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How to Cope With Mom Guilt
by Rasheda Jackson
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May 6, 2019

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How to Cope With Mom Guilt

She was near ruined by the “mom guilt” she felt when her second child was born. But Rasheda Jackson found her way out of it, and with these five strategies to cope with mom guilt, you can, too.

Courtesy of Rasheda Jackson
Rasheda Jackson, her husband Rich, and their sons Richie and Quincy.

On April 21, 2015, I gave birth to a beautiful baby boy. He was everything I ever dreamed he would be. And becoming a mother was everything I ever dreamed it would be. I spent countless hours doing skin-to-skin with him, gazing into his beautiful brown eyes, holding him, nursing him, singing him lullabies, brushing his hair, bathing him, and taking him for long strolls. I could go on and on, but I think you get the picture – we spent a wonderful amount of uninterrupted, quality time together, and it was magical.

Fast forward to the present. I am now the mother of two little boys. I gave birth to another beautiful baby boy on December 1, 2017. He is also everything I ever dreamed he would be. But have I spent countless hours doing skin-to-skin with him, gazing into his beautiful brown eyes, holding him, nursing him, singing him lullabies, brushing his hair, bathing him, and taking him for long strolls? The answer is sadly, “No.”

I would love to be able to spend as much time with my new baby as I did with my first, but I can’t — I have another little guy that is also depending on me. And I feel guilty about it.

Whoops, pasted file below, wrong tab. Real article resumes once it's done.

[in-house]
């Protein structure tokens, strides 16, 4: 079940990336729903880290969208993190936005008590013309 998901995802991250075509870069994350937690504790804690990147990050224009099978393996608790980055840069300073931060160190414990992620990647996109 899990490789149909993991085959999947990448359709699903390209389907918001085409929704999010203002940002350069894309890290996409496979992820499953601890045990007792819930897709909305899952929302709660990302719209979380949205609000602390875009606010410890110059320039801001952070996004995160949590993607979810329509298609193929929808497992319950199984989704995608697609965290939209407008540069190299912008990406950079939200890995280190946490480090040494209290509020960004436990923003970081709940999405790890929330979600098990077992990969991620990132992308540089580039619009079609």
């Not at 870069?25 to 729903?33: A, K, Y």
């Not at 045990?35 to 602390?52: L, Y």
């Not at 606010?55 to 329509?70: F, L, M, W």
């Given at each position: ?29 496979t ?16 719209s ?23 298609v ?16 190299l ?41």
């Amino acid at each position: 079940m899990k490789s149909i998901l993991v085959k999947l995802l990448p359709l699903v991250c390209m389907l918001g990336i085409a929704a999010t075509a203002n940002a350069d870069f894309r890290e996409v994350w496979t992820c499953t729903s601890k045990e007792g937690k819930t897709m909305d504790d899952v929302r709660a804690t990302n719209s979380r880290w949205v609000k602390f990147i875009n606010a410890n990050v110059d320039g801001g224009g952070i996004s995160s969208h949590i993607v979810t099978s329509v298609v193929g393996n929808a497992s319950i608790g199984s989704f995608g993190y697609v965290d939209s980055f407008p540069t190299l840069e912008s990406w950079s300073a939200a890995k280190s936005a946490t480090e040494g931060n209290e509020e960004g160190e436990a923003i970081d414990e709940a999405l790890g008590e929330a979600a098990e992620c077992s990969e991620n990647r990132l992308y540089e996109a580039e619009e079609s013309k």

Courtesy of Rasheda Jackson
Rasheda Jackson and her 3-year-old son, Richie.

I am a wife to the love of my life, my husband Rich, and I am a work-at-home mom (I don’t use the term stay-at-home mom because it fails to include what I do – work). Richie is our 3-year-old son and Quincy is our 9-month-old son. They are both loveable and feisty boys, and they keep us on our toes. And they require a lot of supervised time although for very different reasons. Richie is at an age where he needs to be kept busy or he will find things to do which sometimes are not desirable.

For example, the other day while I was pumping breast milk for my baby, he decided to increase the setting on the breast pump and I had to quickly try and stop him from turning it all the way up, while at the same time trying not to spill my milk. It was truly a sight. Quincy, on the other hand, has recently become mobile. So now when I put him to sit down on his play mat, before I can even turn around, he takes off scooting to the coffee table and tries to pull things down.

Courtesy of Rasheda Jackson
Rasheda Jackson’s sons, Quincy and Richie.

Life with these two little guys can get pretty exciting, and I love it, but sometimes feelings of guilt take hold of me and that’s no fun at all.

These feelings surfaced early on in my last pregnancy. For the first time, I had to think about the safety and well-being of not just one child, but two children. Also, I was put on modified bed rest toward the end of my pregnancy, which meant I could no longer pick up my toddler, play hide and seek with him or take him to the park. This was our norm, and because I couldn’t be there for him like I always was there, there were times when I felt like a horrible mother.

There were times when I felt like a horrible mother.

In my mind, I was neglecting the needs and happiness of my son even though it wasn’t intentional.  And there was no way I could really explain to a 2-year-old why Mommy could no longer pick him up even when he was crying.

It was hard. However, nothing could have prepared me for the guilt I would feel after I gave birth to my second son. One night, while the baby and I were still in the hospital, my husband and I decided it was better for Richie to sleep at home in his own bed instead of at the hospital. But when it was time for my husband to take my son home, I could not hold back the tears. I was overcome with sadness. I balled my eyes out for two hours after they left. I was absolutely in love with my sweet, new baby and enjoyed every moment nursing him, doing skin-to-skin, and cuddling with him, but I just felt so torn – so guilty.

I just felt so torn – so guilty.